I did not want to feel the way I did. Why would I? I was moving through life with an open wound. I had held and seen raw cotton before—on and off its branches. I had cradled it in the palm of my hand. I’d offered prayers of remembrance for ancestors who picked it from sunup to sundown, and prayers of forgiveness for those who enslaved them, disregarding not just the humanity of those from whom I descend, but also their own humanity. At one point in my life, I’d stopped using round cotton balls and began purchasing square cotton cleansing pads. Yes, my grief was that serious.
Long before entering that store, I’d tried—many times—to close the wound. But now I realize that what I felt looking up at those wreaths was not about cotton itself. My internal trauma arose
from seeing raw cotton crafted into a thing of honor, a piece of art, something intended to be seen as beautiful. I could not, at that time, imagine this on my front door or hung above a fireplace mantel. I simply was not ready to embrace that.
I went into distress, which helped me see the urgent need to repair my spiritual, historical sensitivity to cotton.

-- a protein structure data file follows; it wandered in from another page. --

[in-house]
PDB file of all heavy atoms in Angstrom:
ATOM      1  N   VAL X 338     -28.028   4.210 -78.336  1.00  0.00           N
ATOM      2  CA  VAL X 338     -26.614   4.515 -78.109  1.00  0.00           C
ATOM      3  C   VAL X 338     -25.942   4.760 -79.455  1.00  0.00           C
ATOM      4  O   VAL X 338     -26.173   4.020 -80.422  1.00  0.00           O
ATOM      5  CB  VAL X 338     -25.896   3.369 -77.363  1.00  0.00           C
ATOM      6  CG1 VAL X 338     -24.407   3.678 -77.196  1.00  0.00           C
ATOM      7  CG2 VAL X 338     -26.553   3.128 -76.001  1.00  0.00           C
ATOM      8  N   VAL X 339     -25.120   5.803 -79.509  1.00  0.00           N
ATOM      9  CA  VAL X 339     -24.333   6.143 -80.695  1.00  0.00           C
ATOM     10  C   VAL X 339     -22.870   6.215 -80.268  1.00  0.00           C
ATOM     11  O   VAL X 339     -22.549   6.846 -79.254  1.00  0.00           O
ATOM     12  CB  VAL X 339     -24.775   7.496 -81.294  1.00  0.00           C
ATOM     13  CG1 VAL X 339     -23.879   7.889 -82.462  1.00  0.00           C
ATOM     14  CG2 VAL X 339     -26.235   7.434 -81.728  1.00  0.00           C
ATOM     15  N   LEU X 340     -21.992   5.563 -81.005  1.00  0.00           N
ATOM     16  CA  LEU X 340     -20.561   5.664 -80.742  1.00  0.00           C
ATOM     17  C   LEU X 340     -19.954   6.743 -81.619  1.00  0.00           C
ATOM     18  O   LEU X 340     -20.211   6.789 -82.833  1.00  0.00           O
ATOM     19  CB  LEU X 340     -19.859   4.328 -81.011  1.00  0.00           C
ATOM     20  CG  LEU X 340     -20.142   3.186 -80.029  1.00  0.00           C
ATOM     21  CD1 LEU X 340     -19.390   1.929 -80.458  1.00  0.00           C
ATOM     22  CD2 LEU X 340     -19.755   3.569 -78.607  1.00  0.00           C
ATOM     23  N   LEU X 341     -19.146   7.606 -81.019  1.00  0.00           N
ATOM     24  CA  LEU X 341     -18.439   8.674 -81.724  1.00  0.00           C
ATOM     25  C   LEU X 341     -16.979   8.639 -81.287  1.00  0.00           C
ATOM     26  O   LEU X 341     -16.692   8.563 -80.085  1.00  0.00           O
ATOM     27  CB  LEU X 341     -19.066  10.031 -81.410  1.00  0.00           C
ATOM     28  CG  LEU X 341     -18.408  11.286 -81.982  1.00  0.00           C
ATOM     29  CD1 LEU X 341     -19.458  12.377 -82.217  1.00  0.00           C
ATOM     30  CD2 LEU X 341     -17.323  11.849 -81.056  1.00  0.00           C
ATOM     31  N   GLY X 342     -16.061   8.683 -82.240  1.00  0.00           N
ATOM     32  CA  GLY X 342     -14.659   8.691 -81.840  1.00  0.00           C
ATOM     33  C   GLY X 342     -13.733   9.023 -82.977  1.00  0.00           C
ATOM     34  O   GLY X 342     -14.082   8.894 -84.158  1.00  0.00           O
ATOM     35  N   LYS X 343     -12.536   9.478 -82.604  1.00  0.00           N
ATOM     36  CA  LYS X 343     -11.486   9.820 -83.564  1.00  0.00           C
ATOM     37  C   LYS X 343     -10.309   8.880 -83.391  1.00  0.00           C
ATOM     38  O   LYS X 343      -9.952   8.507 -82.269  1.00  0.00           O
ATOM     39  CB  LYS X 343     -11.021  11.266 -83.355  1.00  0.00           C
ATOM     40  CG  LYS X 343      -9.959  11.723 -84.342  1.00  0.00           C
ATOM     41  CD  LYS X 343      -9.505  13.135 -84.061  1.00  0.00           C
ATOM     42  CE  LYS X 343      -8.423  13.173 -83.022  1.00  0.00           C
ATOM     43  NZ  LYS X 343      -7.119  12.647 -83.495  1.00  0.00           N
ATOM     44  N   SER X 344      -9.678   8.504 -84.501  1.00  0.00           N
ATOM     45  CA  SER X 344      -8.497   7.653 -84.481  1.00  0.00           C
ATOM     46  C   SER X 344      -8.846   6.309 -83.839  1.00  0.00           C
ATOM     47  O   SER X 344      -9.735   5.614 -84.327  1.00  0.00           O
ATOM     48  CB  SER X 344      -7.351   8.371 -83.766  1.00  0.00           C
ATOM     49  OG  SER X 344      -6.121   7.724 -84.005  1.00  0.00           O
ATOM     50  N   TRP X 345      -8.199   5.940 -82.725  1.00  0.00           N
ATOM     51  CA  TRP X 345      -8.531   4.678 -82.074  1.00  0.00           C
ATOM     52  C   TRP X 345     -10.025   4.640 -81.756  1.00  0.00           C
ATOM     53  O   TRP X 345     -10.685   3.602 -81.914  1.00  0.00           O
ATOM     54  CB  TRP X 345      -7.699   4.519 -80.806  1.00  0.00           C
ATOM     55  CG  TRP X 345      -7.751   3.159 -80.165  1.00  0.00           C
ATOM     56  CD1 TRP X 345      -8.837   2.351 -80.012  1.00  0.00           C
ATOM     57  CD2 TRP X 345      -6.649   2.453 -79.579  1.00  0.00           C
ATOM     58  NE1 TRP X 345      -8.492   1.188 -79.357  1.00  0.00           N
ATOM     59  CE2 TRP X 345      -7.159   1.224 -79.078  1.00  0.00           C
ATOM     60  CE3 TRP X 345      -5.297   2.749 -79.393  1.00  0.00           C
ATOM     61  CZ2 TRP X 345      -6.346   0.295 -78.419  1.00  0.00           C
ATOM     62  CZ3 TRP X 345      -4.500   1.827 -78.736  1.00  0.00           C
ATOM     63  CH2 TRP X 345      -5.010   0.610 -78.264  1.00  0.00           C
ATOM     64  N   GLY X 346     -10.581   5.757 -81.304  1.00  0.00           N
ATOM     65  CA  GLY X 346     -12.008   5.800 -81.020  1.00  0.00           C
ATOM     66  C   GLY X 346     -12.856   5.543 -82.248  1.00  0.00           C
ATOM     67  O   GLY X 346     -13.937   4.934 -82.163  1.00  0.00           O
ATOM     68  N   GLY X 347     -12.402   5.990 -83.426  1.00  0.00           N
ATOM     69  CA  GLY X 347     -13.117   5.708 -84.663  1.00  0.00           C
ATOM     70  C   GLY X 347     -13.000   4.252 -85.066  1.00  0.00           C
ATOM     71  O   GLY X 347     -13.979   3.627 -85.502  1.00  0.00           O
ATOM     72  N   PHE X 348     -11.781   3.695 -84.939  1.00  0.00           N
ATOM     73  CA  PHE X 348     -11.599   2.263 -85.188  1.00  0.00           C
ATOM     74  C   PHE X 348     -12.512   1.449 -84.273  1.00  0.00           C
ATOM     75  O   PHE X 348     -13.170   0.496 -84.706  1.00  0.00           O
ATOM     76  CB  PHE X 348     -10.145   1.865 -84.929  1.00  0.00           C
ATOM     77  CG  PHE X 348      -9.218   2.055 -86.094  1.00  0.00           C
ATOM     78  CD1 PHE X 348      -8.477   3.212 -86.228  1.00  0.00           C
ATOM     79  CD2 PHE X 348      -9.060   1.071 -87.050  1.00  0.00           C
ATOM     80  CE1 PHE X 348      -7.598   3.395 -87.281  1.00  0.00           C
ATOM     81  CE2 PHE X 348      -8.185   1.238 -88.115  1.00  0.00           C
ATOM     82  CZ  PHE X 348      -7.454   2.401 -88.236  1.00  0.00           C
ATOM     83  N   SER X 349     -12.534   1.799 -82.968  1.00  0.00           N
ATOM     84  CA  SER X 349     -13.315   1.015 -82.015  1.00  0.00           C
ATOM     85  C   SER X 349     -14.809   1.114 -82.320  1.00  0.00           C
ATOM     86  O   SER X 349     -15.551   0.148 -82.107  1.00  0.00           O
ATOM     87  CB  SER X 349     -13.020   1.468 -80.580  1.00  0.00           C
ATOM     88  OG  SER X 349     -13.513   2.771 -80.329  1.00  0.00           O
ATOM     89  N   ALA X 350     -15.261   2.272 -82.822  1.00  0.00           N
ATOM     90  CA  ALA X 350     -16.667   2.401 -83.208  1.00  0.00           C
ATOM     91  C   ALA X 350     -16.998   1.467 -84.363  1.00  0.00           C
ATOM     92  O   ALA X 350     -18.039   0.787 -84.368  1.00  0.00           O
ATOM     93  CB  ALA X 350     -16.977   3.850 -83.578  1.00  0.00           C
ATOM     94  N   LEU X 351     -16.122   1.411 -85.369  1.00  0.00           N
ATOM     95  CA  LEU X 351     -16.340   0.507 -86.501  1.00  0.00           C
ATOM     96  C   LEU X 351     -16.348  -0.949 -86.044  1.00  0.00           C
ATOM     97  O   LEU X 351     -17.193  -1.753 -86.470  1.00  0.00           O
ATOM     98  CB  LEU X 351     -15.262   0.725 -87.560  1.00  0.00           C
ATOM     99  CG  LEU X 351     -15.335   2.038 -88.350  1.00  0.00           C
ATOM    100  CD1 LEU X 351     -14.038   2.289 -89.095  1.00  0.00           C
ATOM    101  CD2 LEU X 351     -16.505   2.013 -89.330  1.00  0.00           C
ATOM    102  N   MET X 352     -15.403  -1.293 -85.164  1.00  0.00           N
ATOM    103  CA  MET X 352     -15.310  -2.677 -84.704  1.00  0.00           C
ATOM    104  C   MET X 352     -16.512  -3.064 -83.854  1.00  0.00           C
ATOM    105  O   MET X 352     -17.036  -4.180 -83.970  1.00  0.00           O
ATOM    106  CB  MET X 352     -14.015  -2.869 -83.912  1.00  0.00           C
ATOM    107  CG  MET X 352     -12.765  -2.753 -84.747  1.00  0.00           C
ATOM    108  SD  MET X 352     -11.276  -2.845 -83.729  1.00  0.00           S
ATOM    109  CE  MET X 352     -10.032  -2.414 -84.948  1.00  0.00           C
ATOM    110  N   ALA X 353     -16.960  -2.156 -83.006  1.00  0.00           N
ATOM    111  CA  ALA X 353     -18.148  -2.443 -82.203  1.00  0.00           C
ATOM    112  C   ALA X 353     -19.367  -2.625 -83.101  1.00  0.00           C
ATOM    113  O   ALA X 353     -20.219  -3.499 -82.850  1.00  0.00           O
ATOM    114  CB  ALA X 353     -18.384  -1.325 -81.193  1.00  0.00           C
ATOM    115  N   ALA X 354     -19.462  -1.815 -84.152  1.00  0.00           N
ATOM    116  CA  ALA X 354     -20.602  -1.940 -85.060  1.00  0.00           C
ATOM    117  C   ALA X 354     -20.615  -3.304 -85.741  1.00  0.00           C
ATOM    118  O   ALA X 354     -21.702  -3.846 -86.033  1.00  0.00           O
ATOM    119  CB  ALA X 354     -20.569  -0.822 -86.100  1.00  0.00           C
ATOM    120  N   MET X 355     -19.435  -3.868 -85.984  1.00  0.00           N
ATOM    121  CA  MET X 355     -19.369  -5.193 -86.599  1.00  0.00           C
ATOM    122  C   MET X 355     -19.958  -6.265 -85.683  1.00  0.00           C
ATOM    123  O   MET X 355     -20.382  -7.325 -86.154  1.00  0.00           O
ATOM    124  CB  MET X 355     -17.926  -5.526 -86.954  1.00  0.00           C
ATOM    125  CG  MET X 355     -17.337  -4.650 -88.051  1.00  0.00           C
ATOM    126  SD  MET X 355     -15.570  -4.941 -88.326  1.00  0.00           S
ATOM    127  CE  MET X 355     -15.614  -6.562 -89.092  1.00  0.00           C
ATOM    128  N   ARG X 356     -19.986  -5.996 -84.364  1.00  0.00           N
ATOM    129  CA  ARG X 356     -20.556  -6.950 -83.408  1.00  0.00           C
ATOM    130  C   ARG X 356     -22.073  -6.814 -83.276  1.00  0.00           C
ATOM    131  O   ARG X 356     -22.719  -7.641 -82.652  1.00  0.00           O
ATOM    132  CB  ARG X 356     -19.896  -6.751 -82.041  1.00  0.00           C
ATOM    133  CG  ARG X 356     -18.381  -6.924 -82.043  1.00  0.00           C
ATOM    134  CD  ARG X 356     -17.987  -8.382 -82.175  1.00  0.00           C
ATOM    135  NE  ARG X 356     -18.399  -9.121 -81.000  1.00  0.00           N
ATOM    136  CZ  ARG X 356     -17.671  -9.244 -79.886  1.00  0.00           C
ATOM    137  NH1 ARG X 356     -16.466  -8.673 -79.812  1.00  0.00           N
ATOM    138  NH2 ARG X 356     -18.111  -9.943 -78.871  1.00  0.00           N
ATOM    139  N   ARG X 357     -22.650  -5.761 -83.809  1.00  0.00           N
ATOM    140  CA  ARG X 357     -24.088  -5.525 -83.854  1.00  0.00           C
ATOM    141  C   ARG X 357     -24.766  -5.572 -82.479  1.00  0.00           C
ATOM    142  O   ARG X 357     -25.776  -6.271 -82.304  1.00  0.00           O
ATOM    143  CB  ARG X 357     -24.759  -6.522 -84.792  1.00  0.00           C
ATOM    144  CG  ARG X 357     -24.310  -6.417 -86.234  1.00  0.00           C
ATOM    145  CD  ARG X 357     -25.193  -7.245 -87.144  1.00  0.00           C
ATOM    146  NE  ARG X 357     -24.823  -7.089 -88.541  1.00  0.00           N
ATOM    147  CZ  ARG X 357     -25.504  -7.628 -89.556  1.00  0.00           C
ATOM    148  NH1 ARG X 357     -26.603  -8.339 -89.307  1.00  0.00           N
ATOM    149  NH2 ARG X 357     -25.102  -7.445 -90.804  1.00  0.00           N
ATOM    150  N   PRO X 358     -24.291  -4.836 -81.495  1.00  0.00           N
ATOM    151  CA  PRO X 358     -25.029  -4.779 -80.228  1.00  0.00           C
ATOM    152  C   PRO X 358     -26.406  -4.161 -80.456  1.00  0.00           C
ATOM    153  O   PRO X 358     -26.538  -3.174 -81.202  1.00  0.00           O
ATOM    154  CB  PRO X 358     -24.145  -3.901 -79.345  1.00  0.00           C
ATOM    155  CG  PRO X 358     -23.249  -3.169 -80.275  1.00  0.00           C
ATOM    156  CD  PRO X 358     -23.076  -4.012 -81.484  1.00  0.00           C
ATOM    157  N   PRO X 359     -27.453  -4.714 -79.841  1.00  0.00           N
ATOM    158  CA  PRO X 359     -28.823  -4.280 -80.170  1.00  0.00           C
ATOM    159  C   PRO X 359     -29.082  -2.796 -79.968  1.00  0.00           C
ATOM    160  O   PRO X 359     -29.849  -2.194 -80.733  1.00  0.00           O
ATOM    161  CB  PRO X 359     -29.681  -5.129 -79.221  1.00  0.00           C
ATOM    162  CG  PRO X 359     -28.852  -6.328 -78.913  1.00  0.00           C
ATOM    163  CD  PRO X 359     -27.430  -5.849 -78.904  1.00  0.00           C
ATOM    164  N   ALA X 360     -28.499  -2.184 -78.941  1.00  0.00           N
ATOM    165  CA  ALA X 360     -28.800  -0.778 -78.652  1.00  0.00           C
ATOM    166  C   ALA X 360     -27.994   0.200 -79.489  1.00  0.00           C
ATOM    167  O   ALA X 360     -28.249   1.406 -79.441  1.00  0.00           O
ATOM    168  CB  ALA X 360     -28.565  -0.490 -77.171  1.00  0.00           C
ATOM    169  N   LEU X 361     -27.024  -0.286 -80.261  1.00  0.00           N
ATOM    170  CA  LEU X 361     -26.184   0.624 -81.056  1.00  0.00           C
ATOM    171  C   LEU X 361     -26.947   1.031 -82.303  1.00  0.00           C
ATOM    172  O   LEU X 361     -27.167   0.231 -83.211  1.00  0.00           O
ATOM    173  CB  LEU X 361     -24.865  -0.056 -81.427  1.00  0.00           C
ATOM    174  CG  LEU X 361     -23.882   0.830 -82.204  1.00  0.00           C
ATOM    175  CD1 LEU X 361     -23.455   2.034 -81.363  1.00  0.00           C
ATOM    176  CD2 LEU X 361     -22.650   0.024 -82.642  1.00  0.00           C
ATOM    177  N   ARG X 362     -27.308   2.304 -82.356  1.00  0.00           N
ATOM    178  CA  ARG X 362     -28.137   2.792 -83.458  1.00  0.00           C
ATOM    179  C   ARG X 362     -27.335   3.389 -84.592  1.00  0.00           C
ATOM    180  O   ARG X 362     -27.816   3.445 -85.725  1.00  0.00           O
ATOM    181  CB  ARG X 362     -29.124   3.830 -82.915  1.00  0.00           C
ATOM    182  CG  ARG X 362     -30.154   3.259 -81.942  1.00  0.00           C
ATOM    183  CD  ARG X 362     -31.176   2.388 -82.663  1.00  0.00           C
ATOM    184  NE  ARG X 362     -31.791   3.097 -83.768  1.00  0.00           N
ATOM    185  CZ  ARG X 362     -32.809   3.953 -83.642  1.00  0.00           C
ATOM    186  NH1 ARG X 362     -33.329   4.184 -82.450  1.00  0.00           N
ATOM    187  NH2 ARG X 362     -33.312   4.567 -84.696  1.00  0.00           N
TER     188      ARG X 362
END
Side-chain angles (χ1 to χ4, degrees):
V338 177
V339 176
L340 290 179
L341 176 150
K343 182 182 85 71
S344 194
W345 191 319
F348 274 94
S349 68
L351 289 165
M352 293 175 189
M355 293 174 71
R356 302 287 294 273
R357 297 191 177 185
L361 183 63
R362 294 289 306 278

Cotton was never the enemy. The enemy is hatred. Greed. Ignorance. Self-righteousness. False superiority. Those were just some of the evils woven into the soil and crops of the earth those hundreds of years gone by. The truth is, nothing God created, brought forth from soil and identified as good, could ever be wrong.
Venice R. Williams is executive director of Alice’s Garden Urban Farm and The Body and Soul Healing Arts Center, both in Milwaukee. She is also the developer of an ELCA worshipping community called The Table.
This article is excerpted from the July/August 2019 issue of Gather magazine. To read more like it, subscribe to Gather.
I am sorry for the grief. I cannot imagine. I am a former farmer who grew cotton. I went broke but I make my living in the same area selling crop insurance to farmers. If it would help to visit a cotton farm, I can help. I can take you out on cotton farms and visit with Lutheran farmers. Maybe it would be good for both of us.
Thank you for sharing. As a white 72 year old Pacific Northwest woman, who has been to anti-racism training at the Churchwide office, who is always surprised at new lessons to be learned. I need y’all to continue to tell your stories so that we might all grow closer to understanding and sharing the love and fellowship that abides in our Savior, Jesus Christ. Tak!
This gives me a different light when I consider the uses of cotton…I wonder what else I may be doing which unknowingly offends others.
So moving that such a simple item as a cotton wreath would evoke all these feelings. You have a beautiful way of sharing your thoughts and feelings.